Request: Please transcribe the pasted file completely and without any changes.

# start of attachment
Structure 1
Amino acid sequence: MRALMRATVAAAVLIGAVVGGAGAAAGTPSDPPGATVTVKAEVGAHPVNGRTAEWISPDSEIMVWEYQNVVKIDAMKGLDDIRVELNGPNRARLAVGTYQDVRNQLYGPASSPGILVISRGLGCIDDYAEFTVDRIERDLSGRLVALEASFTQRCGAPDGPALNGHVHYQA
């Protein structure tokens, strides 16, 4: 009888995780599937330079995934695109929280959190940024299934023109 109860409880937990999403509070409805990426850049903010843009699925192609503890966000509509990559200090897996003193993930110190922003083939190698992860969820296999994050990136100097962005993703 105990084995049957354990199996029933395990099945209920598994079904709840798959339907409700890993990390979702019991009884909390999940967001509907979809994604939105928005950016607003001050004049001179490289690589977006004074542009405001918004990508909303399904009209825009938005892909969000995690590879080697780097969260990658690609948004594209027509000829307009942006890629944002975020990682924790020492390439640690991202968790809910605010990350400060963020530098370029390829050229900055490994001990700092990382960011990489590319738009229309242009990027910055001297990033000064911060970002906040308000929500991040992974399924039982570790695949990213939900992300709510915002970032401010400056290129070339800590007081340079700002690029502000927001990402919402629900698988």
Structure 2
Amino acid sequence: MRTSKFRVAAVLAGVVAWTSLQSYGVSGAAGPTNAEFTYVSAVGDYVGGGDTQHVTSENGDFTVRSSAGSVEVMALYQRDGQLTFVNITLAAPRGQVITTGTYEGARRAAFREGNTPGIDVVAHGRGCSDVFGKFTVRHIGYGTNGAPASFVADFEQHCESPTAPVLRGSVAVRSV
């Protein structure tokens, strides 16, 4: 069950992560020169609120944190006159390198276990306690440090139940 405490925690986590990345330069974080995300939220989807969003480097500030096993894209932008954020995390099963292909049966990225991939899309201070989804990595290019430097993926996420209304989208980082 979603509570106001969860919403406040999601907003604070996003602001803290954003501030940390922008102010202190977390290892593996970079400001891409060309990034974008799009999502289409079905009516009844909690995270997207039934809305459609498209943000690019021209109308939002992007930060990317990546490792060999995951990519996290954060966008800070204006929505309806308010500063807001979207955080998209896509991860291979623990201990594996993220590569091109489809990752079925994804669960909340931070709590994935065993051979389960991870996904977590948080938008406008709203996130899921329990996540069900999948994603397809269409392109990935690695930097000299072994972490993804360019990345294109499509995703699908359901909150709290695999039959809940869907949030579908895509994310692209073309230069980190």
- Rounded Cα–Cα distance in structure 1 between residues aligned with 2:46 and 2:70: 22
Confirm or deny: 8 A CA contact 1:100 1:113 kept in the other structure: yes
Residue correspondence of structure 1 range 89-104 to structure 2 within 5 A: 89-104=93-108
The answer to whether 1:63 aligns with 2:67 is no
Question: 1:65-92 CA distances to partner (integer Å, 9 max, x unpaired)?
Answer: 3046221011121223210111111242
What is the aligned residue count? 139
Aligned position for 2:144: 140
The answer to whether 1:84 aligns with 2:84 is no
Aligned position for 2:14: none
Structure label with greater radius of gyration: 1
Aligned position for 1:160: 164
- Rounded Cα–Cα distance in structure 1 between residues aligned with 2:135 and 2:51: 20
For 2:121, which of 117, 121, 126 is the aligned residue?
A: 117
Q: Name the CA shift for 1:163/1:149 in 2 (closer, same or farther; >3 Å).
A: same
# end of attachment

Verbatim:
Structure 1
Amino acid sequence: MRALMRATVAAAVLIGAVVGGAGAAAGTPSDPPGATVTVKAEVGAHPVNGRTAEWISPDSEIMVWEYQNVVKIDAMKGLDDIRVELNGPNRARLAVGTYQDVRNQLYGPASSPGILVISRGLGCIDDYAEFTVDRIERDLSGRLVALEASFTQRCGAPDGPALNGHVHYQA
């Protein structure tokens, strides 16, 4: 009888995780599937330079995934695109929280959190940024299934023109 109860409880937990999403509070409805990426850049903010843009699925192609503890966000509509990559200090897996003193993930110190922003083939190698992860969820296999994050990136100097962005993703 105990084995049957354990199996029933395990099945209920598994079904709840798959339907409700890993990390979702019991009884909390999940967001509907979809994604939105928005950016607003001050004049001179490289690589977006004074542009405001918004990508909303399904009209825009938005892909969000995690590879080697780097969260990658690609948004594209027509000829307009942006890629944002975020990682924790020492390439640690991202968790809910605010990350400060963020530098370029390829050229900055490994001990700092990382960011990489590319738009229309242009990027910055001297990033000064911060970002906040308000929500991040992974399924039982570790695949990213939900992300709510915002970032401010400056290129070339800590007081340079700002690029502000927001990402919402629900698988």
Structure 2
Amino acid sequence: MRTSKFRVAAVLAGVVAWTSLQSYGVSGAAGPTNAEFTYVSAVGDYVGGGDTQHVTSENGDFTVRSSAGSVEVMALYQRDGQLTFVNITLAAPRGQVITTGTYEGARRAAFREGNTPGIDVVAHGRGCSDVFGKFTVRHIGYGTNGAPASFVADFEQHCESPTAPVLRGSVAVRSV
């Protein structure tokens, strides 16, 4: 069950992560020169609120944190006159390198276990306690440090139940 405490925690986590990345330069974080995300939220989807969003480097500030096993894209932008954020995390099963292909049966990225991939899309201070989804990595290019430097993926996420209304989208980082 979603509570106001969860919403406040999601907003604070996003602001803290954003501030940390922008102010202190977390290892593996970079400001891409060309990034974008799009999502289409079905009516009844909690995270997207039934809305459609498209943000690019021209109308939002992007930060990317990546490792060999995951990519996290954060966008800070204006929505309806308010500063807001979207955080998209896509991860291979623990201990594996993220590569091109489809990752079925994804669960909340931070709590994935065993051979389960991870996904977590948080938008406008709203996130899921329990996540069900999948994603397809269409392109990935690695930097000299072994972490993804360019990345294109499509995703699908359901909150709290695999039959809940869907949030579908895509994310692209073309230069980190």
- Rounded Cα–Cα distance in structure 1 between residues aligned with 2:46 and 2:70: 22
Confirm or deny: 8 A CA contact 1:100 1:113 kept in the other structure: yes
Residue correspondence of structure 1 range 89-104 to structure 2 within 5 A: 89-104=93-108
The answer to whether 1:63 aligns with 2:67 is no
Question: 1:65-92 CA distances to partner (integer Å, 9 max, x unpaired)?
Answer: 3046221011121223210111111242
What is the aligned residue count? 139
Aligned position for 2:144: 140
The answer to whether 1:84 aligns with 2:84 is no
Aligned position for 2:14: none
Structure label with greater radius of gyration: 1
Aligned position for 1:160: 164
- Rounded Cα–Cα distance in structure 1 between residues aligned with 2:135 and 2:51: 20
For 2:121, which of 117, 121, 126 is the aligned residue?
A: 117
Q: Name the CA shift for 1:163/1:149 in 2 (closer, same or farther; >3 Å).
A: same